In many ways, a Desk Appearance Ticket does not feel like such a big deal. The arrested person is usually handcuffed and taken to a police station where they are fingerprinted. They typically wait a few hours in a holding cell until they are given a piece of paper telling them the date and location of their appearance in court. Before Desk Appearance Tickets became routine, criminal defendants could expect to get “sent downtown” and spend the night in jail before seeing a judge. Obviously, Desk Appearance Tickets are preferable for criminal defendants because they spend less time in custody and also have the opportunity to choose counsel for themselves prior to going to court.

Make no mistake, however: the issuance of a Desk Appearance Ticket is in fact an arrest – it is not “just a ticket”. More importantly for visa holders, this event is not going to “fly under the radar” with the immigration agencies. If you were arrested and given a Desk Appearance Ticket, your fingerprints and the arrest charges have been sent to a New York state agency (the Division of Criminal Justice Services) and to the FBI, which maintains a federal nationwide law enforcement database of all arrest events across the United States (the Interstate Identification Index). Visa and green card holders should understand that the immigration agencies, in processing visa renewal requests, access this database to investigate whether the visa applicant has an arrest record. Indeed, some visa holders actually receive emails from Department of Homeland Security (Immigration & Customs Enforcement) agents after their arrests, because the agency was notified of the arrest via the fingerprint database.
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H1B visas (allowing foreign citizens with highly specialized expertise in the areas of math, science and engineering, among others, to live and work in the United States) are highly sought after and not easy to get due to the limit – or “cap” – on the number of such visas granted each year. There are many highly-qualified professionals working in New York thanks to the H1B visa program, and they are welcome additions and assets to the community.

Unfortunately, even a minor arrest can derail an application or renewal for an H1B visa. The attorneys at The Law Office of Matthew Galluzzo have represented many individuals with H1B visas who have received Desk Appearance Tickets for misdemeanor arrests, including, among other things: Theft of Services (PL 165.15), Petit Larceny (PL 155.25), Criminal Possession of a Controlled Substance in the Seventh Degree (PL 220.03), Criminal Mischief (PL 145.00), Unlawful Possession of Marijuana (PL 221.10), and Assault in the Third Degree (PL 120.00). Some of these cases are oftentimes resolved with adjournments in contemplation of dismissal (“ACDs”) that would generally be considered to be favorable dispositions. However, ACDs typically involve six month waiting periods before the cases are dismissed, and any people who need to apply for or renew their H1B visas during that six month period are precluded from doing so (and thus unable to remain in the United States at their chosen and hard-earned job). Put plainly, an H1B visa will not be renewed if a criminal case is pending or if the ACD waiting period is still outsanding. This effect has also been noted in the context of other visa applications, such as F1 and J1 visas.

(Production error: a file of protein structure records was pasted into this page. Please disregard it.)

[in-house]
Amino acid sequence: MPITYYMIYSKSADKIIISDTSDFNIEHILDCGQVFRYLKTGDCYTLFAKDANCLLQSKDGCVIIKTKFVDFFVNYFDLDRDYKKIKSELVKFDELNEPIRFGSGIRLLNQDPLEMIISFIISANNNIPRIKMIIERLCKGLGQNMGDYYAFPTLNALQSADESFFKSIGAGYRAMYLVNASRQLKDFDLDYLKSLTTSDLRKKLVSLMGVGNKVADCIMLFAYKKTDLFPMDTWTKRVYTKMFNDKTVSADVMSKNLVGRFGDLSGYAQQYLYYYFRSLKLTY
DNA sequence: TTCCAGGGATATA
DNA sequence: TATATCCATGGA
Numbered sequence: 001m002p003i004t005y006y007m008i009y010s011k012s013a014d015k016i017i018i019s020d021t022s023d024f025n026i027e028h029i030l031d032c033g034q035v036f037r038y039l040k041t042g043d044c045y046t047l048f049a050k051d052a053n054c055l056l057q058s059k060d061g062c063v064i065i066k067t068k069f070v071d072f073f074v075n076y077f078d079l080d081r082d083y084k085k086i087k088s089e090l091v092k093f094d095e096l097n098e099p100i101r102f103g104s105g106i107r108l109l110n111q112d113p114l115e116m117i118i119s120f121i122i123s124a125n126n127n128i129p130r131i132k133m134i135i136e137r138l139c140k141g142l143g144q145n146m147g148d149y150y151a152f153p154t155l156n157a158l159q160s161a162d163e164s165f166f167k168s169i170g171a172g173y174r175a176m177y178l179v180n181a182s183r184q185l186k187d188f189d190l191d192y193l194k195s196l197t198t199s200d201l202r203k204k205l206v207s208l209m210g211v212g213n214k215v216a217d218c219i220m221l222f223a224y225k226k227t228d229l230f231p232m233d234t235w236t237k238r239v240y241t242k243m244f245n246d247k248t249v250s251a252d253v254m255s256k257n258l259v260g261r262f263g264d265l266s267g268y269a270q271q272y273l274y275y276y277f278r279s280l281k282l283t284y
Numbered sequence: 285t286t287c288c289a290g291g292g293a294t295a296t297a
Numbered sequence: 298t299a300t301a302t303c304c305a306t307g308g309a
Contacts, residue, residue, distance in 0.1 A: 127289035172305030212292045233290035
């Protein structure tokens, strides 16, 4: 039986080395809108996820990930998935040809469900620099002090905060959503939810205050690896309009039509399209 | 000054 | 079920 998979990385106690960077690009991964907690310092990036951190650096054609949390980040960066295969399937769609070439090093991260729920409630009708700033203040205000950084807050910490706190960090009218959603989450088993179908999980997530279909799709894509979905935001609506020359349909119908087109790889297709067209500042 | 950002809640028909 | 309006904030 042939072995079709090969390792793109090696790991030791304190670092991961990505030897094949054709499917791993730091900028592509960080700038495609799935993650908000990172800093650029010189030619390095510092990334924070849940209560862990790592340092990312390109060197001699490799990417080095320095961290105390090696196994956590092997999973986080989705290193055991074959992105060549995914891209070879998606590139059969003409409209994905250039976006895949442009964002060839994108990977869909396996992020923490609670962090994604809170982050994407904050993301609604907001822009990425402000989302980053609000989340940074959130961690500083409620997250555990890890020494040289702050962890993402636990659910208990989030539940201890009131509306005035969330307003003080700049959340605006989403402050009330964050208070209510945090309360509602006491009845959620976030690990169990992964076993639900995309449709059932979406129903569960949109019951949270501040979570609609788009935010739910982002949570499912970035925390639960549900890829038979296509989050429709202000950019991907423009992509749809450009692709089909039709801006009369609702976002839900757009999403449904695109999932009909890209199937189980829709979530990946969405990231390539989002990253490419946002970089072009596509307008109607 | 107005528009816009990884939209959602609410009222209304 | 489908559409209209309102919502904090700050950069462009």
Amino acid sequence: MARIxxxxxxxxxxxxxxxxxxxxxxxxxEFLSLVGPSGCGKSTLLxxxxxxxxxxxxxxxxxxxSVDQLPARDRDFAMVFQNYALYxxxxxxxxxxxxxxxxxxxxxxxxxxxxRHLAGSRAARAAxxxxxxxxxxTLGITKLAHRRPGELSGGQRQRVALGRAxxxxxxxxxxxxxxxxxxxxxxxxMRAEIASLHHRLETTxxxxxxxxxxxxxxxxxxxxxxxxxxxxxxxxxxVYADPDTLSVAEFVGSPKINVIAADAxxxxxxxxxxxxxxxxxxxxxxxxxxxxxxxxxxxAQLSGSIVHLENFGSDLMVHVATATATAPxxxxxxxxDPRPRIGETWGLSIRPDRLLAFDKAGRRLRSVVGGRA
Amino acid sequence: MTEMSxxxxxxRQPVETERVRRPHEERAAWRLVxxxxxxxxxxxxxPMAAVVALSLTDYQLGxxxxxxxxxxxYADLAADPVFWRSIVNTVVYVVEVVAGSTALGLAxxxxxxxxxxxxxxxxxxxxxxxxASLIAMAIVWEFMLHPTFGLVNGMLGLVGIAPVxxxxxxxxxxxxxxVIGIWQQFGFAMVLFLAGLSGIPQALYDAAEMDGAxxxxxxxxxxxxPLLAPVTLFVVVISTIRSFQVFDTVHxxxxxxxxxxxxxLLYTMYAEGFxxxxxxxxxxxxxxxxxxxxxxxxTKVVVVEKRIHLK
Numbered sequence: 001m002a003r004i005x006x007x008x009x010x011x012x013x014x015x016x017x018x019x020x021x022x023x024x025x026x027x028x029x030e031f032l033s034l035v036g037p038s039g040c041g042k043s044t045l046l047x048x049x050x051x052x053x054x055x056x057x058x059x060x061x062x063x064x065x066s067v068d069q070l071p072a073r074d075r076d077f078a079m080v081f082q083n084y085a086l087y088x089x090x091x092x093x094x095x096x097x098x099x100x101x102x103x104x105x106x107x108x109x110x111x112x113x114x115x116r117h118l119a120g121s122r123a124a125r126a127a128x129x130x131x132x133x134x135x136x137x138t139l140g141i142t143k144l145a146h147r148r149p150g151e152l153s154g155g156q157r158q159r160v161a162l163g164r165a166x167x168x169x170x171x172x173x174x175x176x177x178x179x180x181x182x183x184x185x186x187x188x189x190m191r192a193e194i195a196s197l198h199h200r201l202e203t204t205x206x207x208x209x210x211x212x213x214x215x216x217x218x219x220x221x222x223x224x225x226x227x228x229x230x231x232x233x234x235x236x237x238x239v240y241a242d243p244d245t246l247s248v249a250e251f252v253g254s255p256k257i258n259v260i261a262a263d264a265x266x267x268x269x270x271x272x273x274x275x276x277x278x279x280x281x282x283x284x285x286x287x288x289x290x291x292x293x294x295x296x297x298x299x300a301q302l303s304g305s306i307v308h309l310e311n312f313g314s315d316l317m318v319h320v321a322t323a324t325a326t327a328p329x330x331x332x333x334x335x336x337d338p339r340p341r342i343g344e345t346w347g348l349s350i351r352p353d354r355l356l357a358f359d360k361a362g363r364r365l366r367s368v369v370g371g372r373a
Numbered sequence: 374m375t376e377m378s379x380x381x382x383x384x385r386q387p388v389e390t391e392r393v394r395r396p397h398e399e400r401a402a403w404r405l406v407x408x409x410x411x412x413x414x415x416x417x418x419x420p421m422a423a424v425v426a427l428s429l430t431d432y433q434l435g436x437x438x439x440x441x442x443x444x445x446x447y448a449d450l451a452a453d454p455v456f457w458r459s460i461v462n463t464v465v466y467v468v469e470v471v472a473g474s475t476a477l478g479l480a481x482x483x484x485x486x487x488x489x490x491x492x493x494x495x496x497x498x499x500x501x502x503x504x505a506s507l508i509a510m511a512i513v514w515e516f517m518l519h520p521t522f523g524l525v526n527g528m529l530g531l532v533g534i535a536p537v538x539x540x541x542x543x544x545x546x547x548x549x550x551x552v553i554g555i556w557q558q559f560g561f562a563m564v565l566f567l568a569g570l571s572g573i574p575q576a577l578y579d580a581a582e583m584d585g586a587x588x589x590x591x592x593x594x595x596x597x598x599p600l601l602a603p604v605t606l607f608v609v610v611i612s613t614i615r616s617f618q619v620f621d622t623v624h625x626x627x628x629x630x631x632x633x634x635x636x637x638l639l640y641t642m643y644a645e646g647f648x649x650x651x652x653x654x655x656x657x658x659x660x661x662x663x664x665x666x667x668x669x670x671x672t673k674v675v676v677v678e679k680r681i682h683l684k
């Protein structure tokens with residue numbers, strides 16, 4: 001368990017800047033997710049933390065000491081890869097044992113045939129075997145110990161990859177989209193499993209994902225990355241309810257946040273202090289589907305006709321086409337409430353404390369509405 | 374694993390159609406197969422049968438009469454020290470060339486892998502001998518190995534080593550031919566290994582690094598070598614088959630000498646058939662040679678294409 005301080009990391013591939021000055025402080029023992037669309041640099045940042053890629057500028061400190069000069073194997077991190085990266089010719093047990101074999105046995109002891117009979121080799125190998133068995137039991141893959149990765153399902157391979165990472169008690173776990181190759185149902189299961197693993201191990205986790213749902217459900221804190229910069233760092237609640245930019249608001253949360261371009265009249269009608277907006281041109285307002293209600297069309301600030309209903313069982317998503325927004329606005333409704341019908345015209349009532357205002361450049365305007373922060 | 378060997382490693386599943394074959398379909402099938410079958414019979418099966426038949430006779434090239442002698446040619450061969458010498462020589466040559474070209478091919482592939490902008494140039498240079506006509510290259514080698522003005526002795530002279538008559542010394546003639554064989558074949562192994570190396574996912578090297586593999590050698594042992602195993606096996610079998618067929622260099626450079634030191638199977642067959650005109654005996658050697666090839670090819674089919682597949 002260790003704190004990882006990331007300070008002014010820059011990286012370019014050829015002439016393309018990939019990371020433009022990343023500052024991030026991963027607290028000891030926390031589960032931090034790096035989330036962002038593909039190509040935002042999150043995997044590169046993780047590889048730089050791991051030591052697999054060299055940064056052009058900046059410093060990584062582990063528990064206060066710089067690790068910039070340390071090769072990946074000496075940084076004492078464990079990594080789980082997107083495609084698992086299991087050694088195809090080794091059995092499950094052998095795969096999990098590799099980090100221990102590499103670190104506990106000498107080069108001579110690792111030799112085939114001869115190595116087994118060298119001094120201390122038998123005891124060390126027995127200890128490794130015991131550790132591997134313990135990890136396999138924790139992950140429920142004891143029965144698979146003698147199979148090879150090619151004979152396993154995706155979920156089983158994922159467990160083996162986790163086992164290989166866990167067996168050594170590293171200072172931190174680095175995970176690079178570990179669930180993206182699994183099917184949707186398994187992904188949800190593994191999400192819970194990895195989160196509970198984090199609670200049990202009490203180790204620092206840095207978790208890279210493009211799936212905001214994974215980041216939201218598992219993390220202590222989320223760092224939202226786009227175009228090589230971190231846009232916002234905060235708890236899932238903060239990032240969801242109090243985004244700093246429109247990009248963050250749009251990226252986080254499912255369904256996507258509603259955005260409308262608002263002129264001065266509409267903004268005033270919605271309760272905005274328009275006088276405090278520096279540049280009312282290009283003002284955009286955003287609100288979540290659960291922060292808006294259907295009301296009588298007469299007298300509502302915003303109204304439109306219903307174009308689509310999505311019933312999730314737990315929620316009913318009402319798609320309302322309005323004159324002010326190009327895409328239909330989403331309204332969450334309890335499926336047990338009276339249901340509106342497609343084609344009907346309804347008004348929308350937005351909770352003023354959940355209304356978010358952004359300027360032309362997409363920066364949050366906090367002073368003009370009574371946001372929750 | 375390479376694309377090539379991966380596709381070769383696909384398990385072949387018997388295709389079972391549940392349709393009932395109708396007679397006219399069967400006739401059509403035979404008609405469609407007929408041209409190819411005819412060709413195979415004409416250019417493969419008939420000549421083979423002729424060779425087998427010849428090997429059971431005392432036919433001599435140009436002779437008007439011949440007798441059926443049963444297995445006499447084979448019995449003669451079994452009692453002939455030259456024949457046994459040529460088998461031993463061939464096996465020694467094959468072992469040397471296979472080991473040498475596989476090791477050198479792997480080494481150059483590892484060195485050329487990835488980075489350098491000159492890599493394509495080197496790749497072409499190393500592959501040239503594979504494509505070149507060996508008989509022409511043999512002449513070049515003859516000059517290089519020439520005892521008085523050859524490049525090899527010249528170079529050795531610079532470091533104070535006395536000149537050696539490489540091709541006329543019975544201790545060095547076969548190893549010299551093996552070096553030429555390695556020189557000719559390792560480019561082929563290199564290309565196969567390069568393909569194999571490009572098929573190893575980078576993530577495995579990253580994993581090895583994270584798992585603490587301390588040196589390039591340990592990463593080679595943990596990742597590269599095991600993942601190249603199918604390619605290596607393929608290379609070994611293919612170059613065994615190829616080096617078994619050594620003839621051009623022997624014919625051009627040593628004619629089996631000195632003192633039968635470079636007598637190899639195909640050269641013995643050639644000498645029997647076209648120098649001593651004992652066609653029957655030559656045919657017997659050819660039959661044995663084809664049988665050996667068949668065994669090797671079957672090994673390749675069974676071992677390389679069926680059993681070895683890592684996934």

While these are generally not considered the most serious of cases, for visa holders, even these comparatively minor criminal cases can impact your life, career and renewal applications in a number of other ways. For example, convictions for these crimes can result in job loss, permanent criminal records, deportation or inadmissibility, fines, and potentially even jail time. A criminal case should never be taken lightly, but foreign citizens with visas need to be even more mindful of the consequences of an arrest.

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Arrests for shoplifting are incredibly common in New York City, and many of those individuals arrested for shoplifting are being arrested for the first time. Though arresting police officers typically assure people that the arrests are trivial and will not have any lasting consequences, the truth is that these cases need to be handled carefully because even seemingly small cases like these can have tremendous negative implications for hardworking people.

Most people arrested for shoplifting are held by store security guards until police arrive. During that time, store security guards typically force or trick the people they've detained to sign written confessions (by promising not to call the police if they sign) and trespass notices acknowledging that they are no longer allowed to shop at the store. Store security guards do not have to read people their Miranda rights because they are not police officers, but anything said to them can and will be used against them in courts of law.

Police officers then take these detained people to the local precinct, where the arrest process begins. Fingerprints are taken and paperwork is completed while the arrestees typically wait in a cell for about three to four hours. Then, the alleged shoplifter is usually given a Desk Appearance Ticket, which looks like this, which directs the shoplifter to appear in court at a later date. Failure to appear in court on that date results in a warrant being ordered for that person's arrest.

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The Manhattan DA has announced a sweeping indictment of dozens of former NYPD and FDNY employees for allegedly participating in a massive multimillion dollar social security disability scam involving false claims for PTSD and other related injuries resulting from 9/11. Click here for more.